Scholars Online Astronomy - Chapter 5: 5-8: Stellar Spectra
Reading: Astronomy, Chapter 5: Sections 5-8 Stellar Spectra, Composition, and the Doppler shift
Study Notes: notes on your assigned reading from the text
- Section 5.5 After spending a lot of time talking about light waves, you now have to learn a different theory: light as particles, or photon theory. The two models explain different light phenomena, and so both are useful. When light is being transmitted, it acts like a wave. When it interacts with matter, it acts like a particle of energy, shifting specific amounts (quanta) of energy to electrons. Every light wave has a corresponding energy—so light is simply the propagation of a certain form of energy through space. Keep that firmly in mind as you work through the different phenomena.
- Section 5.6 The amount of energy an electron in an atom can absorb or radiate depends on the element type of the atom and its excited state (temperature). Light is emitted by hot substances, and absorbed when passing through cool substances. Both phenomena create spectra that identify the source (emission spectra) and filtering substances (absorption spectra). So each element produces a unique spectral pattern that can be used to identify the element. Be sure that you understand the conditions that produce a continuous spectrum, and emission spectrum, and an absorption spectrum.
- Section 5.7 You are probably pretty familiar already with the atomic model: atoms consist of nuclei made of positively-charged protons and neutral neutrons, surround by constantly-moving, negatively-charged and very low-mass electrons.
- Section 5.8 When light of the correct frequency strikes an atom, its electrons absorb the light and shift to high-energy orbitals. If the electron cannot absorb the energy at that frequency, the light will pass through the atom unchanged. As an atom cools, electrons shift to lower-energy orbits closer to the nucleus; the energy difference is radiated as light of a particular frequency. So all elements have spectral "signatures" that depend on their type and temperature. By analyzing the spectral patterns given off by stars, we can determine their composition and temperature. Note the difference between Balmer's formula, which is empirical like Kepler's laws, and Bohr's explanation and more generalized version. The names of the series apply only to the hydrogen atom; other atoms have different and for the most part unnamed energy series.
- Section 5.9 For all waves (sound waves included), a non-zero relative motion of the source and observer will change the perceived wavelength and frequency. This is called the Doppler shift, and is readily heard in the change in pitch of a passing fire truck's siren. If the source and object move toward one another, the wavelength observed is shorter than if the source and object have a fixed relationship. If the source and object move away from one another, the perceived wavelength is longer than it would be if the source and object were fixed. By comparing the observed wavelengths for a given spectral pattern to lab values (where the relationship between observer and source is fixed), we can determine the object's radial velocity (speed along a line between us and the object).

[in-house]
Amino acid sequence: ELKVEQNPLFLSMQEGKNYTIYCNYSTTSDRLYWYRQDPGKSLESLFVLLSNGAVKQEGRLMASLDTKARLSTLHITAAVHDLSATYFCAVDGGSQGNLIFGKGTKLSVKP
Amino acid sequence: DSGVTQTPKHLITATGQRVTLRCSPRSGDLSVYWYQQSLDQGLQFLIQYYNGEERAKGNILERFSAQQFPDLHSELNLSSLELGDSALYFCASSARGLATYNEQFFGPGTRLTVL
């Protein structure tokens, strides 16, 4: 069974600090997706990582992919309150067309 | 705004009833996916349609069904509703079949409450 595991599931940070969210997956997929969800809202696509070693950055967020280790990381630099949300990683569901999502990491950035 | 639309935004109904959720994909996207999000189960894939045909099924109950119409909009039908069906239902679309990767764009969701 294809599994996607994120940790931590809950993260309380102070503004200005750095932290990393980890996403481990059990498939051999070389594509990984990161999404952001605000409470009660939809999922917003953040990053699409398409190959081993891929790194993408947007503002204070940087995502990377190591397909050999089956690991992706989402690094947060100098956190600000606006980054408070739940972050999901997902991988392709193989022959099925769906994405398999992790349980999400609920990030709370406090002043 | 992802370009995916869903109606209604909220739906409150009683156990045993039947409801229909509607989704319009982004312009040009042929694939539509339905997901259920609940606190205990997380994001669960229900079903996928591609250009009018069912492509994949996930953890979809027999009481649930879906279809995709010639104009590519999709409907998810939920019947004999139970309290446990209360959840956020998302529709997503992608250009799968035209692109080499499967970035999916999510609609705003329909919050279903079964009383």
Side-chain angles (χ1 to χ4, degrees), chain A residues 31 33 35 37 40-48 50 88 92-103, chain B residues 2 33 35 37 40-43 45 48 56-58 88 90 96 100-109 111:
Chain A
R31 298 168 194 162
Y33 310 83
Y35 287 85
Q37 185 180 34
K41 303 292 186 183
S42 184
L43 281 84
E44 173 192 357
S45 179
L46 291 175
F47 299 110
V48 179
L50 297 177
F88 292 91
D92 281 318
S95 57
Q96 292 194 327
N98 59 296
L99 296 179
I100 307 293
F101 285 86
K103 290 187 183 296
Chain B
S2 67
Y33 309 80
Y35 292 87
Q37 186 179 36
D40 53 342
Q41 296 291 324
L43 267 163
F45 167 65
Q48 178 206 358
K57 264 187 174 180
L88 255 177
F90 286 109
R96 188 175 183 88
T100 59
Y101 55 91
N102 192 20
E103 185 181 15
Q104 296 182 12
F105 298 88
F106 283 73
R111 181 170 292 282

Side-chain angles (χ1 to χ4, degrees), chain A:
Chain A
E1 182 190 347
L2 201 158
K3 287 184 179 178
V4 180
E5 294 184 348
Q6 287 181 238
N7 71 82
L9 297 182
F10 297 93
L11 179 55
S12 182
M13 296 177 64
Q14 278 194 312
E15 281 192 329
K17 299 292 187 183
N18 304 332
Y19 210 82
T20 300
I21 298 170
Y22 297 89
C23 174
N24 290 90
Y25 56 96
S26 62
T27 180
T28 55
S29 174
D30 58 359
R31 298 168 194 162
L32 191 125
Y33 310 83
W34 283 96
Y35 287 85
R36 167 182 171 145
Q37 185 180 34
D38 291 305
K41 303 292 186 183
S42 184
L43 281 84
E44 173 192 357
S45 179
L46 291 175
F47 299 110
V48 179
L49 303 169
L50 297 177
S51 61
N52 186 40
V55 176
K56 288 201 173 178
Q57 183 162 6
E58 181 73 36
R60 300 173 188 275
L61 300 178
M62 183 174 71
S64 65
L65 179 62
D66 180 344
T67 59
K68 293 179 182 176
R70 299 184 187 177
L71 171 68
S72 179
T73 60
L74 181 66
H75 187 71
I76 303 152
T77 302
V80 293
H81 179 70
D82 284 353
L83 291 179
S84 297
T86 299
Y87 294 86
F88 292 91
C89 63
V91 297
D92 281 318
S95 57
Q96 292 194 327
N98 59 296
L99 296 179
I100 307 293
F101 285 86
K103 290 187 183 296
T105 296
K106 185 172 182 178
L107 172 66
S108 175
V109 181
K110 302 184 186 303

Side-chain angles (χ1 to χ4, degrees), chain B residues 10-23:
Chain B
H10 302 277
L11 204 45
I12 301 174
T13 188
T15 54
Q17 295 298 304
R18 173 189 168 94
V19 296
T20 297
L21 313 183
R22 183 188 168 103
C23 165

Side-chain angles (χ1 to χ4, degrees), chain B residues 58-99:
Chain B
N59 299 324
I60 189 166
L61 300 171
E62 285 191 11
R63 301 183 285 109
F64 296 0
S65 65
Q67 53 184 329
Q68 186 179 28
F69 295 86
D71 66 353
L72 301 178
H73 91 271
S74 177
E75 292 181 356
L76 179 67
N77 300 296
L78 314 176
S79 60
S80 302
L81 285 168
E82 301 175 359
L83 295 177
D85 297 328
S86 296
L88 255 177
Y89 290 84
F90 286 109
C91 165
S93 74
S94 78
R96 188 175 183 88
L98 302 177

Key Formulae to Know
Read the following weblecture before chat: Light and how it tells us what's out there (Part 2)
- Planetarium Program: Use your planetarium program to examine the Virgo cluster. (If your program does not include information in detail, you may look up the cluster in Wikipedia or another source.). The Virgo Cluster is a group of more than 2000 galaxies extending across 9 million light-years, located about 50 million LY from Earth. Use your program to examine galaxies in the cluster more closely. Are all of the galaxies the same color? Do all galaxies contain stars of the same surface temperature? Locate several spiral galaxies. One of the dominant colors of the inner and outer regions of these galaxies? What can you conclude about the surface temperatures of the brightest stars in the inner regions compared to the service temperatures of those in the outer spiral?
- Optional Websites: Astronomy Answers (On Light) has a number of questions (and answers) commonly asked about light by astronomy students.
Chat Preparation Activities
- Essay question: The Moodle forum for the session will assign a specific study question for you to prepare for chat. You need to read this question and post your answer before chat starts for this session.
- Go over the list of Key Words and Key Ideas at the end of the chapter. If you don't remember the definition of the key word, review its use (the page number on which it is explained is given).
- Read through the Review Questions and be prepared to discuss them in class. If any of them confuses you, ask about it!
- Mastery Exercise: The Moodle Mastery exercise for the chapter will contain sections related to our chat topic. Try to complete these before the chat starts, so that you can ask questions.
- Required: Complete the Mastery exercise with a passing score of 85% or better.
- Go to the Moodle and take the quiz for this chat session to see how much you already know about astronomy!
Read through the lab for this week; bring questions to chat on any aspect of the lab, whether you intend not perform it or not. If you decide to perform the lab, be sure to submit your report by the posted due date.
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